Harjanto Sumali

EXCHANGE OF THE OPEN: After Billie Jean King said her prayer would be for Serena to win the Open and then go on to win in Australia, Chris Fowler quipped, “I don’t think Billie would mind Serena zooming past Margaret Court’s record.” Chris Evert added, “If Serena wins, that will spur her to play a couple more years.”

CHASING HISTORY: Serena was stuck at 17 Grand Slam wins for three majors before she was able to equal the record of the most Slams won by an American woman, a mark that was shared by Chrissie Evert and Martina Navratilova. She’s now playing in her seventh Slam with 23 titles and with a chance to equal Margaret Court’s all-time record. 

THANKS, MARIA? Will Serena fans look back and say thank goodness that in the first round she faced Maria Sharapova? Playing her prime rival (who is also a non-rival) seemed to dial Serena in. Except for losing a set to the zoning, serve-and-volleying 17-year-old Caty McNally, Serena has barely looked back. Her last two matches lasted a measly 115 minutes. 

THE COMEBACK KID: Serena has lost three US Open finals. If she wins this year, she will have won the following year after every loss. But teen Bianca Andreescu will probably be a formidable foe.

IT’S HARD TO WATCH THE LIGHT GO OUT ON A STAR: Let’s not panic. Federer came within a point of winning Wimbledon and reached the French Open semis. He has an 18-4 record in Slams this year and a lofty No. 3 ranking. Still, he’s lost all his matches this year that went five sets. He hasn’t reached a US Open final since 2015 and hasn’t lifted a Slam trophy since Melbourne in 2018. Thirty-eight is not 28. But if anyone can defy time, it’s Roger. He told the Swiss press he wouldn’t be surprised if he played until he was 40. Still, analyst Phyllis Greene noted, “It’s hard to watch the light go out on a star.”     

A COUPLE OF DREARY DAYS FOR A COUPLE: Has a high-profile tennis love couple ever suffered more devastating back-to-back losses than Gael Monfils and Elina Svitolina? About 27 hours after he fell in five grueling sets to Matteo Berrettini, Elina, who’s No. 5 in the world, was punished by Serena in a 71-minute beatdown.


“I need someone to pinch me right now. Is this, honestly, is this real life? Is this real life?” – Bianca Andreescu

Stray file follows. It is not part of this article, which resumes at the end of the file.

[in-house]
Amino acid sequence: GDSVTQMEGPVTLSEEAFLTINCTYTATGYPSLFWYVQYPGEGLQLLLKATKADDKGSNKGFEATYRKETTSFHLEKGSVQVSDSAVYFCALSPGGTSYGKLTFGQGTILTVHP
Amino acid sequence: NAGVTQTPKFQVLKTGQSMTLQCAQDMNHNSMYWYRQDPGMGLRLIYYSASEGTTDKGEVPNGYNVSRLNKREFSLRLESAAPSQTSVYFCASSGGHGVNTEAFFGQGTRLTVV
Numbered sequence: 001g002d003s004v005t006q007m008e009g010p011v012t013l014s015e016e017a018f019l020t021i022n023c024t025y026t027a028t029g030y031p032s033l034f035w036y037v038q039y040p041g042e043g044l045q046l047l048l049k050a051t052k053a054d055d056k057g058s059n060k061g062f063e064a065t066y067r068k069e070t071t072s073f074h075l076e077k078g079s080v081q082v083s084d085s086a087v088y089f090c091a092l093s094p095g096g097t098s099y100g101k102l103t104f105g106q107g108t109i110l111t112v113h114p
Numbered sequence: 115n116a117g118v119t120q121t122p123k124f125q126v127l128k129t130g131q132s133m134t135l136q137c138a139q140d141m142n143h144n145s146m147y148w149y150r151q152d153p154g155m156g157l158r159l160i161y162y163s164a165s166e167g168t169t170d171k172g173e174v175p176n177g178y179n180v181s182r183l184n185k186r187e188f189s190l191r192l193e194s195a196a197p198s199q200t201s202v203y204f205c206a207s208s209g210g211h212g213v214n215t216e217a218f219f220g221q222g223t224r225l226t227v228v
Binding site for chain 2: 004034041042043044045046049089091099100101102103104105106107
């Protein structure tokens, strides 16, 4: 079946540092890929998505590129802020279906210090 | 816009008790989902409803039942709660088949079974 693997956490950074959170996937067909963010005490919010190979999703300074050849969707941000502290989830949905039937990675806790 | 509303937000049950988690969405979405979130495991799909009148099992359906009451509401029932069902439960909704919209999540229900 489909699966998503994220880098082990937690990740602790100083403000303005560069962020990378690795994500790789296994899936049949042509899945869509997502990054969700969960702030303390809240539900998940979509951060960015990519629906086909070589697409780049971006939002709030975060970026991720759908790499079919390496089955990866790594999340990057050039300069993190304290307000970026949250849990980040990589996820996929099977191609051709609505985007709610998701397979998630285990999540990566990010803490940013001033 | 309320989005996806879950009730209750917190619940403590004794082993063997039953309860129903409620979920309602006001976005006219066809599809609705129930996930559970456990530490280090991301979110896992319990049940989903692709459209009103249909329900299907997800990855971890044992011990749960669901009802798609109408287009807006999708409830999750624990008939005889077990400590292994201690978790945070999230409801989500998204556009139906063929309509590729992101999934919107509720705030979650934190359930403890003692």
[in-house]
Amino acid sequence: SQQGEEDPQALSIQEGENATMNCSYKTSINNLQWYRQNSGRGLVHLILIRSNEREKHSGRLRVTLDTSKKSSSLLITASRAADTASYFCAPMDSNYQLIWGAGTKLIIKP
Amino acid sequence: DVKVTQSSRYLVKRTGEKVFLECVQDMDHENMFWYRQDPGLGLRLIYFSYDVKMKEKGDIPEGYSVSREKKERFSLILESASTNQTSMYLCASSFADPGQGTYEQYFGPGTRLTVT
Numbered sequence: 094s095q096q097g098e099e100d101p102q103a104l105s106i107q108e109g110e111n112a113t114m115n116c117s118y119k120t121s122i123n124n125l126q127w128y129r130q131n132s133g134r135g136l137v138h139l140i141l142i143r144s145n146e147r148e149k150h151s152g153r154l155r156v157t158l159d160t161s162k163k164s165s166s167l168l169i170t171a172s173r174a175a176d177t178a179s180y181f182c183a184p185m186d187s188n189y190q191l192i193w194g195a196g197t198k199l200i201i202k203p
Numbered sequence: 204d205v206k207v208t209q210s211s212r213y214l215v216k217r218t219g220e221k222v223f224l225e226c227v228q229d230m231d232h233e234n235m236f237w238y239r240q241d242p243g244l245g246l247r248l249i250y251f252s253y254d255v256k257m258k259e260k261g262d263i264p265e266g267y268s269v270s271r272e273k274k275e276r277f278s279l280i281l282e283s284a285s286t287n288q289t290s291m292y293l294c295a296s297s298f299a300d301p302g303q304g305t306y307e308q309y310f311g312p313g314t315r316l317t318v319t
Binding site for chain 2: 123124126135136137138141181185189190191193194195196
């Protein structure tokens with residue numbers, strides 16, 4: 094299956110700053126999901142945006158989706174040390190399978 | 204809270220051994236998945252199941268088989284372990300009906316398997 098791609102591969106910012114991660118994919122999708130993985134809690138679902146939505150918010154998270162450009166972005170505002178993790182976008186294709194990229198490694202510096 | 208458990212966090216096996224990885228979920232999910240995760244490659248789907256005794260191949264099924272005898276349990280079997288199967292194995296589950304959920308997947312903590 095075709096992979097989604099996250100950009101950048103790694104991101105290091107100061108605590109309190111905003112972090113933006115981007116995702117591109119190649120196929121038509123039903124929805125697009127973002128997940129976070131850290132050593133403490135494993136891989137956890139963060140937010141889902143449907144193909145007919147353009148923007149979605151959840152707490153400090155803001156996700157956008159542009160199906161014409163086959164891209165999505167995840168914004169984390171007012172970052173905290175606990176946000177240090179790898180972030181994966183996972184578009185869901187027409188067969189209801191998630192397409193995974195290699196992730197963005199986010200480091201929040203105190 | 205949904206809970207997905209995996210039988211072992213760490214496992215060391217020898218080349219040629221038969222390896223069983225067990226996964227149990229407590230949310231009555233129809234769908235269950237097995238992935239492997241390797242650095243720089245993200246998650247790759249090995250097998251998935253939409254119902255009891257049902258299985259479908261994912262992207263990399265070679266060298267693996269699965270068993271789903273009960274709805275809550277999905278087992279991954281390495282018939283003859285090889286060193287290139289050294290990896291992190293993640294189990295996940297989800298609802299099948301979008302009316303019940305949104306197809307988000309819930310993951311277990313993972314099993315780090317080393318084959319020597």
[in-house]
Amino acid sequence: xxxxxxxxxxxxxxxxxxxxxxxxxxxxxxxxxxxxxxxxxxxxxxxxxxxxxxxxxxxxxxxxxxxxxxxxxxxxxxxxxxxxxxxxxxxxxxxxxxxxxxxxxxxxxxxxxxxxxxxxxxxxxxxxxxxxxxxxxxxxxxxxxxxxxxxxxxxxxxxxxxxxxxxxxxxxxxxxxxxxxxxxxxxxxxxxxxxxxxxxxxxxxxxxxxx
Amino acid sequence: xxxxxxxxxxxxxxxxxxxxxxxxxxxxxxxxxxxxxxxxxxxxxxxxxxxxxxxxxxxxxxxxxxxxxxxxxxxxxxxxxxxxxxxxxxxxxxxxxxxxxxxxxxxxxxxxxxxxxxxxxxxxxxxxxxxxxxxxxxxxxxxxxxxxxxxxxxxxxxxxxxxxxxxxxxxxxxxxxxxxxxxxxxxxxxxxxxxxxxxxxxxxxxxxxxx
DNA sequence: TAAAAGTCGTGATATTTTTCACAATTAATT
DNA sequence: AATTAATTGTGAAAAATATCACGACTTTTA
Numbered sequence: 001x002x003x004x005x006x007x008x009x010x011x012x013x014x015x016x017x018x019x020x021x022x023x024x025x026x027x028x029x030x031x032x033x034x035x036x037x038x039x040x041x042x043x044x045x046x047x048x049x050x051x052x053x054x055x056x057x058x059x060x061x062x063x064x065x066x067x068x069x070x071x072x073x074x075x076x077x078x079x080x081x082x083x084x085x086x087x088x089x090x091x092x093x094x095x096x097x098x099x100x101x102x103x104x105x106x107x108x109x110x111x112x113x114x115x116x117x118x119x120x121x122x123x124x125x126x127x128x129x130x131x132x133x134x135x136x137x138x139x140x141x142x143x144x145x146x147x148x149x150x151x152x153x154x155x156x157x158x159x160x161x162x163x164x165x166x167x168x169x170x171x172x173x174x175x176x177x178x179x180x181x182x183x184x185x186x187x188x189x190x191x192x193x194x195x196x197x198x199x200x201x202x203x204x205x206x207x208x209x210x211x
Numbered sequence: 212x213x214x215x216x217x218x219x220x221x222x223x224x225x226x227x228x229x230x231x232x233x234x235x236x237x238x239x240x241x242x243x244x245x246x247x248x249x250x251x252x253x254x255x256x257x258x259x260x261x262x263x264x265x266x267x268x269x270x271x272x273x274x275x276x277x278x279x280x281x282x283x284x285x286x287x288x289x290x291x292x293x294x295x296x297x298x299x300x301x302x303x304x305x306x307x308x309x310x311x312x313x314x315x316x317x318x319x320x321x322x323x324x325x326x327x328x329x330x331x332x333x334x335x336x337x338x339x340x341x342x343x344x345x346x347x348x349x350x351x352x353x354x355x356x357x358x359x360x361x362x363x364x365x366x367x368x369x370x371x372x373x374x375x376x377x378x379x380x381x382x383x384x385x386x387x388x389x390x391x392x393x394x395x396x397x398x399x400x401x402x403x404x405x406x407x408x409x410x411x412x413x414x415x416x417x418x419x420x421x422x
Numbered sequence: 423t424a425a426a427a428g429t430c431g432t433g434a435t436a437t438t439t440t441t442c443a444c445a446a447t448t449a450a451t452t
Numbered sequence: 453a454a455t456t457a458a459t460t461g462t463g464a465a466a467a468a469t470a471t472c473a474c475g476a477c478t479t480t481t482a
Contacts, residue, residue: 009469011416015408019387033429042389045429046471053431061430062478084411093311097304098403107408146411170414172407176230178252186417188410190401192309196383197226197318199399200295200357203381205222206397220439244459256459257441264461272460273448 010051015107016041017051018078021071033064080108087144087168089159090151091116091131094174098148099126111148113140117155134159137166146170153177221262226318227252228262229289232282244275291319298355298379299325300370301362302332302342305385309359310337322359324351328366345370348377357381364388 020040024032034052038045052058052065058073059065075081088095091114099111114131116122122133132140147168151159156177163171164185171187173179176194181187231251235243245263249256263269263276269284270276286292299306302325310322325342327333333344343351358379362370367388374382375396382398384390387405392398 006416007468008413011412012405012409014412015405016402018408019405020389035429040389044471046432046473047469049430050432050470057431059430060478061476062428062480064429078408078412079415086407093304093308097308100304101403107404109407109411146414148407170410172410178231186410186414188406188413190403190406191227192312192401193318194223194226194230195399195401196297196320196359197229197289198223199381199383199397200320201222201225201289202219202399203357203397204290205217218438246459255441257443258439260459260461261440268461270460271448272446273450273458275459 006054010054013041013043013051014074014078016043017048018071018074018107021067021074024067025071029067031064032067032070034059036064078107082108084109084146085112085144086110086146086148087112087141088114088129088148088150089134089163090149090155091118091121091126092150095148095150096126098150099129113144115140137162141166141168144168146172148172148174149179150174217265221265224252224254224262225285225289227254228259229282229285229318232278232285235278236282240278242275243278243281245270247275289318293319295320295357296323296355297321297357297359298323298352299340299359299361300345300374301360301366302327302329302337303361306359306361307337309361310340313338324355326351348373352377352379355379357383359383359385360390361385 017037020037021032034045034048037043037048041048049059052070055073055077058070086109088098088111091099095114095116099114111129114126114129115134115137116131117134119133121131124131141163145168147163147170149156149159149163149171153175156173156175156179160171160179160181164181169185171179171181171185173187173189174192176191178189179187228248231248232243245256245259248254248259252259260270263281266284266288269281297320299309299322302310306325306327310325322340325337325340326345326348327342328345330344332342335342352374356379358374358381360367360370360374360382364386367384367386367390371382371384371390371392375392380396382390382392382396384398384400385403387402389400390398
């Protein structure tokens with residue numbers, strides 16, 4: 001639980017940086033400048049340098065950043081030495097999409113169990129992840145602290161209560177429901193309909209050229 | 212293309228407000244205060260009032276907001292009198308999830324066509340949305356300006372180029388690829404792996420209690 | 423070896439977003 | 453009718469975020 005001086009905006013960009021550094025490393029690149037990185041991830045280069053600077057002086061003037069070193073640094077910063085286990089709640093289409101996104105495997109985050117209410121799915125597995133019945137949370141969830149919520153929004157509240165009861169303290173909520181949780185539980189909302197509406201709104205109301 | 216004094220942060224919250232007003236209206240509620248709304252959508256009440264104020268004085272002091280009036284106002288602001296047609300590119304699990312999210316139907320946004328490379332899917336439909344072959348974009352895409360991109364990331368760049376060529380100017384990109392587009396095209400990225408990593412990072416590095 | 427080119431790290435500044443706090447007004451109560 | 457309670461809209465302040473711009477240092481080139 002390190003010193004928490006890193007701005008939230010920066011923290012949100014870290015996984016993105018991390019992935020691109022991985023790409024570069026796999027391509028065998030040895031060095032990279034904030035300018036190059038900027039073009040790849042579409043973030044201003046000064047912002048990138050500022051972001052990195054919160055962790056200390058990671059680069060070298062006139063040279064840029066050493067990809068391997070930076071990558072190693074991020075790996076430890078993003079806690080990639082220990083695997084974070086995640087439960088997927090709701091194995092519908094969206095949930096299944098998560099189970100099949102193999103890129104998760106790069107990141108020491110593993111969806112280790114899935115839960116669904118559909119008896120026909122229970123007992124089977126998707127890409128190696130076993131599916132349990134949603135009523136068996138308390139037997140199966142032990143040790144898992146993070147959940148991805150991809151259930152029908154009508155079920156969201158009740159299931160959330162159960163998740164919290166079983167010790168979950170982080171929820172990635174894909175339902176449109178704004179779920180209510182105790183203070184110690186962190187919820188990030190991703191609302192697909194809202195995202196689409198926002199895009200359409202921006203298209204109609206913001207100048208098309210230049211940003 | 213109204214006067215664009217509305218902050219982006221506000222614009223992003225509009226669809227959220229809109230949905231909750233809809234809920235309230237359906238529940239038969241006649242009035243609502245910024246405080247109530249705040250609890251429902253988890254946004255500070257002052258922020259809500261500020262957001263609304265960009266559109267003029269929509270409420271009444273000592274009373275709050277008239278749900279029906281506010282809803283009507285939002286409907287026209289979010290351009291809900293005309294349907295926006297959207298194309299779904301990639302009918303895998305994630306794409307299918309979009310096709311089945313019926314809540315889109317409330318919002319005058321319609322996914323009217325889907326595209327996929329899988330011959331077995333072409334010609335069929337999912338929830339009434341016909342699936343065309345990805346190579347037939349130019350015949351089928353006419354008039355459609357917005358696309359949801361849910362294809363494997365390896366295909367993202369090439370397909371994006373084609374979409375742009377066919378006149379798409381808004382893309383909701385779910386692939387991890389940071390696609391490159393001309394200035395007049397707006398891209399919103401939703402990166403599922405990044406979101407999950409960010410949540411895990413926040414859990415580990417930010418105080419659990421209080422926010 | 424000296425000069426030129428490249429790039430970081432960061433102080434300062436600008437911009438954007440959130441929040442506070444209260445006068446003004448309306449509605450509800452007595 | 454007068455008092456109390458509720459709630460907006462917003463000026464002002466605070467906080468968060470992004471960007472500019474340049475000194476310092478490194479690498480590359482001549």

“I would have thought it was a sick joke.” – Serena reflecting on what it would have felt like if she’d been told at 20 that she’d still be playing at 37

“I’m not going to reveal my fashion secrets.” – Serena on what she’ll wear for the final

“She’s like the stern school teacher scolding the children for getting back late to their seats.” – Chris Fowler on an Open ump

MOTHER SERENA: Serena has yet to win a tourney as a mother. Her coach Patrick Mouratoglou recalled, “She was feeling guilty — she was feeling that the baby needed her a lot because a young baby is very weak, and as a mother you feel like you need to be there all the time to protect the baby. Whenever she was not there…she was feeling guilty. I think [in] the first months it was hurting her a lot, because tennis has always been her priority, at least since 2012…And suddenly taking care of the baby becomes a priority, for reasons I understand. Not that it’s not a priority now, but…she feels less guilty about leaving her…because she feels Olympia doesn’t depend as much on her as when she was really small.” 

Serena said that the day she gave birth two years ago was “the best day of my life.” But she added, “[Olympia is] a little bit loud and obnoxious right now, so I’m not sure she should come to matches.” Serena noted that every night she reads a story and says a prayer with Olympia. “When I go to bed at 9:00,” says Williams, “I’m exhausted because all day it’s either tennis or my other full-time job, being a mom…Being on court is a little more relaxing than a two-year-old.”